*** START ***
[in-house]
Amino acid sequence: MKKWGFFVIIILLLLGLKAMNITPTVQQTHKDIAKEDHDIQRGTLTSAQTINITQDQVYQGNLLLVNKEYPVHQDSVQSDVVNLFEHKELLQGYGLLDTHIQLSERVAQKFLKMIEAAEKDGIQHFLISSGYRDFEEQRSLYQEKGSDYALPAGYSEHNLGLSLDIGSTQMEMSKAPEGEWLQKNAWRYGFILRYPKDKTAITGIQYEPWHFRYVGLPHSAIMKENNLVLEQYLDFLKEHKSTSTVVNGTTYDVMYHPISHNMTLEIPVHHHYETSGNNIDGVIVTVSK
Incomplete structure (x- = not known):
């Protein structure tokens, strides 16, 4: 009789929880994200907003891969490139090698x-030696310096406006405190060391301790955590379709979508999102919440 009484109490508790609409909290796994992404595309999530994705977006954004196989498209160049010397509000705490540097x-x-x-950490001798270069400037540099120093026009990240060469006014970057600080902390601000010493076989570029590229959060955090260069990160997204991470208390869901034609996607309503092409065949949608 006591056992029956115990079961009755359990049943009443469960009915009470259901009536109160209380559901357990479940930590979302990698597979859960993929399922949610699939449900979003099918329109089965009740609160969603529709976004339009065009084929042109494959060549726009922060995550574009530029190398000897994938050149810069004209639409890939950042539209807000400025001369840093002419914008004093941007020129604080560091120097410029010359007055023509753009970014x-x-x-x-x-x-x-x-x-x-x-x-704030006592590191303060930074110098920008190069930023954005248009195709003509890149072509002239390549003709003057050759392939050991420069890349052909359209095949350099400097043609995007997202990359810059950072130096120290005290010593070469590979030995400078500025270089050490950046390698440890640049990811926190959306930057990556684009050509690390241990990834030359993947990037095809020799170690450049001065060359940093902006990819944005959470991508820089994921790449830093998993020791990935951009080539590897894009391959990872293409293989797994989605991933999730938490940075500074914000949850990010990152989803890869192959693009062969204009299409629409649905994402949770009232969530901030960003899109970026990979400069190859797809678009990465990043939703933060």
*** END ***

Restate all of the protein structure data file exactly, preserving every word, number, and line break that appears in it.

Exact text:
[in-house]
Amino acid sequence: MKKWGFFVIIILLLLGLKAMNITPTVQQTHKDIAKEDHDIQRGTLTSAQTINITQDQVYQGNLLLVNKEYPVHQDSVQSDVVNLFEHKELLQGYGLLDTHIQLSERVAQKFLKMIEAAEKDGIQHFLISSGYRDFEEQRSLYQEKGSDYALPAGYSEHNLGLSLDIGSTQMEMSKAPEGEWLQKNAWRYGFILRYPKDKTAITGIQYEPWHFRYVGLPHSAIMKENNLVLEQYLDFLKEHKSTSTVVNGTTYDVMYHPISHNMTLEIPVHHHYETSGNNIDGVIVTVSK
Incomplete structure (x- = not known):
């Protein structure tokens, strides 16, 4: 009789929880994200907003891969490139090698x-030696310096406006405190060391301790955590379709979508999102919440 009484109490508790609409909290796994992404595309999530994705977006954004196989498209160049010397509000705490540097x-x-x-950490001798270069400037540099120093026009990240060469006014970057600080902390601000010493076989570029590229959060955090260069990160997204991470208390869901034609996607309503092409065949949608 006591056992029956115990079961009755359990049943009443469960009915009470259901009536109160209380559901357990479940930590979302990698597979859960993929399922949610699939449900979003099918329109089965009740609160969603529709976004339009065009084929042109494959060549726009922060995550574009530029190398000897994938050149810069004209639409890939950042539209807000400025001369840093002419914008004093941007020129604080560091120097410029010359007055023509753009970014x-x-x-x-x-x-x-x-x-x-x-x-704030006592590191303060930074110098920008190069930023954005248009195709003509890149072509002239390549003709003057050759392939050991420069890349052909359209095949350099400097043609995007997202990359810059950072130096120290005290010593070469590979030995400078500025270089050490950046390698440890640049990811926190959306930057990556684009050509690390241990990834030359993947990037095809020799170690450049001065060359940093902006990819944005959470991508820089994921790449830093998993020791990935951009080539590897894009391959990872293409293989797994989605991933999730938490940075500074914000949850990010990152989803890869192959693009062969204009299409629409649905994402949770009232969530901030960003899109970026990979400069190859797809678009990465990043939703933060």